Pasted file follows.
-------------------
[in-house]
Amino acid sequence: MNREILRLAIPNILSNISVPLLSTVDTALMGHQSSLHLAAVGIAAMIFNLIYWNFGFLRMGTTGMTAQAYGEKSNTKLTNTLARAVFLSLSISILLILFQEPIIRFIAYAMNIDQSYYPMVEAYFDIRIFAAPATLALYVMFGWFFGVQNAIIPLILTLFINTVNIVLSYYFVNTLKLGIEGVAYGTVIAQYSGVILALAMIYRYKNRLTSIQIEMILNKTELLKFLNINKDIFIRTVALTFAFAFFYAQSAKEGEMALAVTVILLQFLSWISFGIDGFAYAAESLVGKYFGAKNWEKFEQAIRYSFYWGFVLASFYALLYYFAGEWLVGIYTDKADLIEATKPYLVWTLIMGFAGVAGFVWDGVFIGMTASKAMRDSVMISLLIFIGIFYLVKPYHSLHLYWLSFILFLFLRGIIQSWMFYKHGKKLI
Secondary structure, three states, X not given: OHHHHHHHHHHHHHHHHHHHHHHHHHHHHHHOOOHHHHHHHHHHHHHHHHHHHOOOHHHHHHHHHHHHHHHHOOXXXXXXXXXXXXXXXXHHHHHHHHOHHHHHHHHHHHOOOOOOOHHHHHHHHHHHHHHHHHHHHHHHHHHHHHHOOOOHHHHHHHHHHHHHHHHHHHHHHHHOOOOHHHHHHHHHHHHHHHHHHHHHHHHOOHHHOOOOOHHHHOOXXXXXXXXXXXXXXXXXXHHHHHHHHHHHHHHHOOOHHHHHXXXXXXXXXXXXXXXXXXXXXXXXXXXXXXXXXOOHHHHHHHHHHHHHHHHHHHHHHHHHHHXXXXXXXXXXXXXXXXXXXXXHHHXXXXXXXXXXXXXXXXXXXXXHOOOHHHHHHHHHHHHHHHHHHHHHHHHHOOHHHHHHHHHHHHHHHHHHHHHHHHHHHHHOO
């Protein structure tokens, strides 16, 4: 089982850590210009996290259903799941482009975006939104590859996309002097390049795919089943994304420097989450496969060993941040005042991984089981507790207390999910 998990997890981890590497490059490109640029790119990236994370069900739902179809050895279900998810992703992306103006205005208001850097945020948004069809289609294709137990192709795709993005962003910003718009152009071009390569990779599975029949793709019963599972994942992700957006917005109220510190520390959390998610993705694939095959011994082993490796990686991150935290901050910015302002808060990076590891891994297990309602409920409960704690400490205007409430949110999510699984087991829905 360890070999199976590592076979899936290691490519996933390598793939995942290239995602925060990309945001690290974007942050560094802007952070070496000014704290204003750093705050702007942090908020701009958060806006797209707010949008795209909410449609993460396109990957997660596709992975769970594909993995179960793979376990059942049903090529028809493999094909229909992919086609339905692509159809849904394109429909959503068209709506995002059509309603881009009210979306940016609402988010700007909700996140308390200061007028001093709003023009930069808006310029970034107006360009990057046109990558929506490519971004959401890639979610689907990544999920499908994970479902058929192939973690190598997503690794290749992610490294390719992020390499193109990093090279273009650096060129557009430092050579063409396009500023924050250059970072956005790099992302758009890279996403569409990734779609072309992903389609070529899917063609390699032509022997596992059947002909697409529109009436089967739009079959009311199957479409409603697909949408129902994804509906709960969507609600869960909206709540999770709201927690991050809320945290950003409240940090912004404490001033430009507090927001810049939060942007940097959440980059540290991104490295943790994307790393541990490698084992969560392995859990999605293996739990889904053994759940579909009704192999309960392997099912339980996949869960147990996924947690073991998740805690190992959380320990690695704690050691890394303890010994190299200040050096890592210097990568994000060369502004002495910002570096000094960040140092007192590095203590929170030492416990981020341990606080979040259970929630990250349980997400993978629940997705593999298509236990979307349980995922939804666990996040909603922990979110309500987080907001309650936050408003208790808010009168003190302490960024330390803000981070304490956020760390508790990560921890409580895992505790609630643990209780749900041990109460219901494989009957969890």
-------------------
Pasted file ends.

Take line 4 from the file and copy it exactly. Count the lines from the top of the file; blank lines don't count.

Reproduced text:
């Protein structure tokens, strides 16, 4: 089982850590210009996290259903799941482009975006939104590859996309002097390049795919089943994304420097989450496969060993941040005042991984089981507790207390999910 998990997890981890590497490059490109640029790119990236994370069900739902179809050895279900998810992703992306103006205005208001850097945020948004069809289609294709137990192709795709993005962003910003718009152009071009390569990779599975029949793709019963599972994942992700957006917005109220510190520390959390998610993705694939095959011994082993490796990686991150935290901050910015302002808060990076590891891994297990309602409920409960704690400490205007409430949110999510699984087991829905 360890070999199976590592076979899936290691490519996933390598793939995942290239995602925060990309945001690290974007942050560094802007952070070496000014704290204003750093705050702007942090908020701009958060806006797209707010949008795209909410449609993460396109990957997660596709992975769970594909993995179960793979376990059942049903090529028809493999094909229909992919086609339905692509159809849904394109429909959503068209709506995002059509309603881009009210979306940016609402988010700007909700996140308390200061007028001093709003023009930069808006310029970034107006360009990057046109990558929506490519971004959401890639979610689907990544999920499908994970479902058929192939973690190598997503690794290749992610490294390719992020390499193109990093090279273009650096060129557009430092050579063409396009500023924050250059970072956005790099992302758009890279996403569409990734779609072309992903389609070529899917063609390699032509022997596992059947002909697409529109009436089967739009079959009311199957479409409603697909949408129902994804509906709960969507609600869960909206709540999770709201927690991050809320945290950003409240940090912004404490001033430009507090927001810049939060942007940097959440980059540290991104490295943790994307790393541990490698084992969560392995859990999605293996739990889904053994759940579909009704192999309960392997099912339980996949869960147990996924947690073991998740805690190992959380320990690695704690050691890394303890010994190299200040050096890592210097990568994000060369502004002495910002570096000094960040140092007192590095203590929170030492416990981020341990606080979040259970929630990250349980997400993978629940997705593999298509236990979307349980995922939804666990996040909603922990979110309500987080907001309650936050408003208790808010009168003190302490960024330390803000981070304490956020760390508790990560921890409580895992505790609630643990209780749900041990109460219901494989009957969890």